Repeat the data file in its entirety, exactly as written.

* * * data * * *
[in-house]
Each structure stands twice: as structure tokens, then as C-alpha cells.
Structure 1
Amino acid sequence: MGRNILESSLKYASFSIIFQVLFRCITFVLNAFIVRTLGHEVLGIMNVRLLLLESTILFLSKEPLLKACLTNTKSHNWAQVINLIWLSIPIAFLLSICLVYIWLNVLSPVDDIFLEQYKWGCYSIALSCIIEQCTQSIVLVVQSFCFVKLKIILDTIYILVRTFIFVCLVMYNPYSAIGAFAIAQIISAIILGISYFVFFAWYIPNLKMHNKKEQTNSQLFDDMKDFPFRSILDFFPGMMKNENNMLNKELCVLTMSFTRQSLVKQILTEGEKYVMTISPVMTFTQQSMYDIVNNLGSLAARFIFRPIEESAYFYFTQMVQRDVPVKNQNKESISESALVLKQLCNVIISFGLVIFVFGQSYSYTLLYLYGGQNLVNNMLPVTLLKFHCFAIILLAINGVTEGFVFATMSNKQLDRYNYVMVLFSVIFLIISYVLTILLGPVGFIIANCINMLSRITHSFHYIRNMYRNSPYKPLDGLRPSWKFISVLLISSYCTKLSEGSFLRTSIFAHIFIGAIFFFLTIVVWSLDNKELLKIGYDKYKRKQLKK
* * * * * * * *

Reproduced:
[in-house]
Each structure stands twice: as structure tokens, then as C-alpha cells.
Structure 1
Amino acid sequence: MGRNILESSLKYASFSIIFQVLFRCITFVLNAFIVRTLGHEVLGIMNVRLLLLESTILFLSKEPLLKACLTNTKSHNWAQVINLIWLSIPIAFLLSICLVYIWLNVLSPVDDIFLEQYKWGCYSIALSCIIEQCTQSIVLVVQSFCFVKLKIILDTIYILVRTFIFVCLVMYNPYSAIGAFAIAQIISAIILGISYFVFFAWYIPNLKMHNKKEQTNSQLFDDMKDFPFRSILDFFPGMMKNENNMLNKELCVLTMSFTRQSLVKQILTEGEKYVMTISPVMTFTQQSMYDIVNNLGSLAARFIFRPIEESAYFYFTQMVQRDVPVKNQNKESISESALVLKQLCNVIISFGLVIFVFGQSYSYTLLYLYGGQNLVNNMLPVTLLKFHCFAIILLAINGVTEGFVFATMSNKQLDRYNYVMVLFSVIFLIISYVLTILLGPVGFIIANCINMLSRITHSFHYIRNMYRNSPYKPLDGLRPSWKFISVLLISSYCTKLSEGSFLRTSIFAHIFIGAIFFFLTIVVWSLDNKELLKIGYDKYKRKQLKK